Yurts are available in winter at state parks, including Porcupine Mountains and Craig Lake state parks in the U.P. (far top left of map).

Outdoor enthusiasts seeking a unique winter getaway are reminded that several of Michigan’s State Parks have yurts available for rental year-round.

Yurts are sturdy, round, tent-like structures — the use of which can be traced back through history for an estimated 3,000 years. The yurts found in Michigan’s state parks have become popular alternative lodging options for winter hikers, cross-country skiers and snowmobilers wishing to explore some of the most remote locations and stunning scenery the state has to offer, the East Village Magazine, Flint, reported.

Porcupine Mountains Wilderness State Park in Ontonagon County currently offers four year-round yurts, while Craig Lake State Park in Baraga County has one yurt on Teddy Lake.

“The Porkies’ yurts are not accessible by snowmobile,” said park manager William Doan. “The yurts offer visitors an alternative experience to a traditional cabin, but they are only accessible by cross-country skis, snowshoes or by hiking in during winter months.”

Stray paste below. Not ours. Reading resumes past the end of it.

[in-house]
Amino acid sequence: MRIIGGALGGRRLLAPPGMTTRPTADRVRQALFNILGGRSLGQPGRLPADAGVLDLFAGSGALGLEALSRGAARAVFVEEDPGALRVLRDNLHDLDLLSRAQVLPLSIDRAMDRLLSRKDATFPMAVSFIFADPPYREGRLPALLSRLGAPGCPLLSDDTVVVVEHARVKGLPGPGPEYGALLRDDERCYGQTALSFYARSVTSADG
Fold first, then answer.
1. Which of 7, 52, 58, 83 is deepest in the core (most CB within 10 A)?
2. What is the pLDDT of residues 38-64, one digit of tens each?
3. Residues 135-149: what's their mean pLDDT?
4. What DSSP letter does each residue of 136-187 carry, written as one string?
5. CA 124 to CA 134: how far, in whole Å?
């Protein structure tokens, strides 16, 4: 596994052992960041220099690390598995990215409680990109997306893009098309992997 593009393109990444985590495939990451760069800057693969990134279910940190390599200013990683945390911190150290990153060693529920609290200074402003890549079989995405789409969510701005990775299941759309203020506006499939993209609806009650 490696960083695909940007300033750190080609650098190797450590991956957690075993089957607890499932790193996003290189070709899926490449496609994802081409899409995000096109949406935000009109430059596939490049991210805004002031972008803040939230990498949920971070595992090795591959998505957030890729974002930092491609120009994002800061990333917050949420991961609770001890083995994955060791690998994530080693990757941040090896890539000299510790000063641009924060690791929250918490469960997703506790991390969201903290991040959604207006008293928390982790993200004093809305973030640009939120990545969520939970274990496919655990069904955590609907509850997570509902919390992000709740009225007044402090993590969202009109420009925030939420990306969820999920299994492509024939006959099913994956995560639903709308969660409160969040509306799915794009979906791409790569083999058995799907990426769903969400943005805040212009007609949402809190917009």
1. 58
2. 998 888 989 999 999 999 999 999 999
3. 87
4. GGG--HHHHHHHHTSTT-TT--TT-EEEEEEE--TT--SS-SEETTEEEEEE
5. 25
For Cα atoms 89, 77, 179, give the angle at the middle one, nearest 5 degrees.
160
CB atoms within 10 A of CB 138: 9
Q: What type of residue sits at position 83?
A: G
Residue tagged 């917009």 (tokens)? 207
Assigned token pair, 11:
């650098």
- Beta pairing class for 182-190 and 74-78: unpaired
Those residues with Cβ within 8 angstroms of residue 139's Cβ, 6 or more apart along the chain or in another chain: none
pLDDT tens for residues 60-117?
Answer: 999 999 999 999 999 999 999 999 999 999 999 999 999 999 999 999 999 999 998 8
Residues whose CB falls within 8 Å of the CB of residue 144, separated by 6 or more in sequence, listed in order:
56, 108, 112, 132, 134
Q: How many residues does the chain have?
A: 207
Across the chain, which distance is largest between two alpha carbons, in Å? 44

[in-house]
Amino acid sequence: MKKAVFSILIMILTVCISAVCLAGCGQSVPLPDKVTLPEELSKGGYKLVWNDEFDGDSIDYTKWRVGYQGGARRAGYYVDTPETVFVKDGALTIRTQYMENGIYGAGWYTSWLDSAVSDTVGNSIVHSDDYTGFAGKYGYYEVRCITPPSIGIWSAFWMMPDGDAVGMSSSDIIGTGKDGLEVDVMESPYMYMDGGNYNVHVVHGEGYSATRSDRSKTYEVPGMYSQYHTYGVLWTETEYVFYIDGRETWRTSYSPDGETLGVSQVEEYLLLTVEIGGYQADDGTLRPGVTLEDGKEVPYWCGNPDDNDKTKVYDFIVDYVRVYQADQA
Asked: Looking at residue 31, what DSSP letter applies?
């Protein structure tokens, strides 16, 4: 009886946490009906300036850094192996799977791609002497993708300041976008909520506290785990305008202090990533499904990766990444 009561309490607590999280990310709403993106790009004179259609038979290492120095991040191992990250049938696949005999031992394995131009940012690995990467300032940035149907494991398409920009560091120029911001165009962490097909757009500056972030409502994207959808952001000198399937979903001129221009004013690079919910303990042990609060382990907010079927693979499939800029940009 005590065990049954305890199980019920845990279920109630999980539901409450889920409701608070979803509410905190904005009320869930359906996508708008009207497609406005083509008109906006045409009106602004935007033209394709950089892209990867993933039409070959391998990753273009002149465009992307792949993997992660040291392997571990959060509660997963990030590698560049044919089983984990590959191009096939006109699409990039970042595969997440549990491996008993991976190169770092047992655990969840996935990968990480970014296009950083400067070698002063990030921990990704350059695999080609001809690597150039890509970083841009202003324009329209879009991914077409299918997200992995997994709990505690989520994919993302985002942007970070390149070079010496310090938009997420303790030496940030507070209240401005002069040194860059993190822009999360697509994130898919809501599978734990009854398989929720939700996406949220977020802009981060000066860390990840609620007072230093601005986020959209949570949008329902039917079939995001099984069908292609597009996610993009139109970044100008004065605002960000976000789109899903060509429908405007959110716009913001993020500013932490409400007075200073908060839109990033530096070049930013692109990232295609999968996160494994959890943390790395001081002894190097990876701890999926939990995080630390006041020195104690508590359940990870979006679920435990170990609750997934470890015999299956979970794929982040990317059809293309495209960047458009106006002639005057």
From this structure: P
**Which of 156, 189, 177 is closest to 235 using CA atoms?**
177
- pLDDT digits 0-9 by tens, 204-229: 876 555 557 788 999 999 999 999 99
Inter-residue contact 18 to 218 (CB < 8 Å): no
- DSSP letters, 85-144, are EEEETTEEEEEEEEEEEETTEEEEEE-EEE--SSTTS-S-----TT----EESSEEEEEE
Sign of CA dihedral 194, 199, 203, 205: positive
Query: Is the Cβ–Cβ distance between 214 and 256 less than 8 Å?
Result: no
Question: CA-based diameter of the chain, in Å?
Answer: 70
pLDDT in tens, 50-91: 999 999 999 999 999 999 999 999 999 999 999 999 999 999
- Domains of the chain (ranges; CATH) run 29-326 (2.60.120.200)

Yurts at the Porkies are located various distances from parking areas, with some as close as a few hundred yards, to one that requires a 9-mile ski or hike into the forest.

“The 9-mile trek is not for the faint of heart, but is a worthy endeavor for those looking for a unique challenge and an opportunity to truly get in touch with nature,” Doan said.

Craig Lake State Park’s Teddy Lake yurt is located 3 1/2 miles from the park’s established snowmobile trails, and is an easy snowshoe or cross country ski in from the plowed parking area. Park supervisor Douglas Barry says the yurt’s remote location is part of why people seek it out.

“One of the best things about the Teddy Lake yurt is that there’s nothing around it,” Barry said. “It’s cozy and guests who stay there often remark that they hear nothing but quiet.”

Barry added that the yurt was booked steadily through January, February and March of last year with guests coming from as far away as Wisconsin and Grand Rapids.

The yurts found in Michigan’s state parks are 16 feet in diameter, accommodate four people and come equipped with bunk beds and mattresses, a table, chairs and wood stove that can serve as a heater and cooktop. Running water and electricity are not provided, but primitive restrooms and stocked woodsheds are situated nearby. Campers should bring along their own linens, lighting and water.

Along with the yurts located in the Upper Peninsula, the Glenbrook yurt at Pinckney Recreation Area and Green Lake yurt at Waterloo Recreation Area in Michigan’s Lower Peninsula each are available for rental year-round and are supplied with a heating source.

Yurts rent for $60 per night plus an $8 reservation fee. Visit www.michigan.gov/cabinstepee to learn more about the various types of lodging available in Michigan state parks. Call (800) 447-2757 or go to www.midnrreservations.com for yurt availability and reservations.